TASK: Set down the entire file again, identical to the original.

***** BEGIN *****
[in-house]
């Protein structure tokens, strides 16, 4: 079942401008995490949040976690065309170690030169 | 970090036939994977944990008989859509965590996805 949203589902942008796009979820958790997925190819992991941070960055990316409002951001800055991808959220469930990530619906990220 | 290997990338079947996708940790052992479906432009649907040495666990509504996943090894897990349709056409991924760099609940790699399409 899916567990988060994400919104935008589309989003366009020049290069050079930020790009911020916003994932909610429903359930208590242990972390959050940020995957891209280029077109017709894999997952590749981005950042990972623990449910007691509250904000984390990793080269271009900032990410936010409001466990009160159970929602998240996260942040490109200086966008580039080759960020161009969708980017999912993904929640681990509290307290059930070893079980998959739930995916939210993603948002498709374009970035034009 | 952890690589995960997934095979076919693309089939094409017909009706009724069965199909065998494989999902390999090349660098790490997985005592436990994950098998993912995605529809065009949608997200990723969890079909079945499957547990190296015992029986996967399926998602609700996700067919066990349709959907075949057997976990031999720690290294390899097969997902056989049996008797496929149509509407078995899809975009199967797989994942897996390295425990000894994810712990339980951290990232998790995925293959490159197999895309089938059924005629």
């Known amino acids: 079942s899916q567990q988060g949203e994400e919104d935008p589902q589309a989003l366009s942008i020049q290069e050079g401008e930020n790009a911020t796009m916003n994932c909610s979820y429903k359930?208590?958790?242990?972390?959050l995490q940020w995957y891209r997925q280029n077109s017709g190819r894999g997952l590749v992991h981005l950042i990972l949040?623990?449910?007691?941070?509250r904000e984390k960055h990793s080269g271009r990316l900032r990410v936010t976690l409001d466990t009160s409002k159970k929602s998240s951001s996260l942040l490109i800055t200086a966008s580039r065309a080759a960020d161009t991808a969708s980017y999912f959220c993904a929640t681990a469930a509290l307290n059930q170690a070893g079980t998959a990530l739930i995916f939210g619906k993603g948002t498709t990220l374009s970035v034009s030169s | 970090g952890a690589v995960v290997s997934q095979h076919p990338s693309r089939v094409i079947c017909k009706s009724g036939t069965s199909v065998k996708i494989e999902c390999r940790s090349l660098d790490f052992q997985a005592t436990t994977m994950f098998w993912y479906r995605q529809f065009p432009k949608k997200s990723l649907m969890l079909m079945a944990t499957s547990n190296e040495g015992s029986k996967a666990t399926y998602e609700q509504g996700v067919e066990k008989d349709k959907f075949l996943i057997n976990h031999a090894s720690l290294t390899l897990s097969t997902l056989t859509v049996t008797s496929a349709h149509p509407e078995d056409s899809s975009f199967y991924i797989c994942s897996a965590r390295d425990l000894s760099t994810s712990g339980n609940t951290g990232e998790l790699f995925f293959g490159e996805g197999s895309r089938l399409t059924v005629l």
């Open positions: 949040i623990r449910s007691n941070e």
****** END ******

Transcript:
[in-house]
């Protein structure tokens, strides 16, 4: 079942401008995490949040976690065309170690030169 | 970090036939994977944990008989859509965590996805 949203589902942008796009979820958790997925190819992991941070960055990316409002951001800055991808959220469930990530619906990220 | 290997990338079947996708940790052992479906432009649907040495666990509504996943090894897990349709056409991924760099609940790699399409 899916567990988060994400919104935008589309989003366009020049290069050079930020790009911020916003994932909610429903359930208590242990972390959050940020995957891209280029077109017709894999997952590749981005950042990972623990449910007691509250904000984390990793080269271009900032990410936010409001466990009160159970929602998240996260942040490109200086966008580039080759960020161009969708980017999912993904929640681990509290307290059930070893079980998959739930995916939210993603948002498709374009970035034009 | 952890690589995960997934095979076919693309089939094409017909009706009724069965199909065998494989999902390999090349660098790490997985005592436990994950098998993912995605529809065009949608997200990723969890079909079945499957547990190296015992029986996967399926998602609700996700067919066990349709959907075949057997976990031999720690290294390899097969997902056989049996008797496929149509509407078995899809975009199967797989994942897996390295425990000894994810712990339980951290990232998790995925293959490159197999895309089938059924005629």
């Known amino acids: 079942s899916q567990q988060g949203e994400e919104d935008p589902q589309a989003l366009s942008i020049q290069e050079g401008e930020n790009a911020t796009m916003n994932c909610s979820y429903k359930?208590?958790?242990?972390?959050l995490q940020w995957y891209r997925q280029n077109s017709g190819r894999g997952l590749v992991h981005l950042i990972l949040?623990?449910?007691?941070?509250r904000e984390k960055h990793s080269g271009r990316l900032r990410v936010t976690l409001d466990t009160s409002k159970k929602s998240s951001s996260l942040l490109i800055t200086a966008s580039r065309a080759a960020d161009t991808a969708s980017y999912f959220c993904a929640t681990a469930a509290l307290n059930q170690a070893g079980t998959a990530l739930i995916f939210g619906k993603g948002t498709t990220l374009s970035v034009s030169s | 970090g952890a690589v995960v290997s997934q095979h076919p990338s693309r089939v094409i079947c017909k009706s009724g036939t069965s199909v065998k996708i494989e999902c390999r940790s090349l660098d790490f052992q997985a005592t436990t994977m994950f098998w993912y479906r995605q529809f065009p432009k949608k997200s990723l649907m969890l079909m079945a944990t499957s547990n190296e040495g015992s029986k996967a666990t399926y998602e609700q509504g996700v067919e066990k008989d349709k959907f075949l996943i057997n976990h031999a090894s720690l290294t390899l897990s097969t997902l056989t859509v049996t008797s496929a349709h149509p509407e078995d056409s899809s975009f199967y991924i797989c994942s897996a965590r390295d425990l000894s760099t994810s712990g339980n609940t951290g990232e998790l790699f995925f293959g490159e996805g197999s895309r089938l399409t059924v005629l």
């Open positions: 949040i623990r449910s007691n941070e």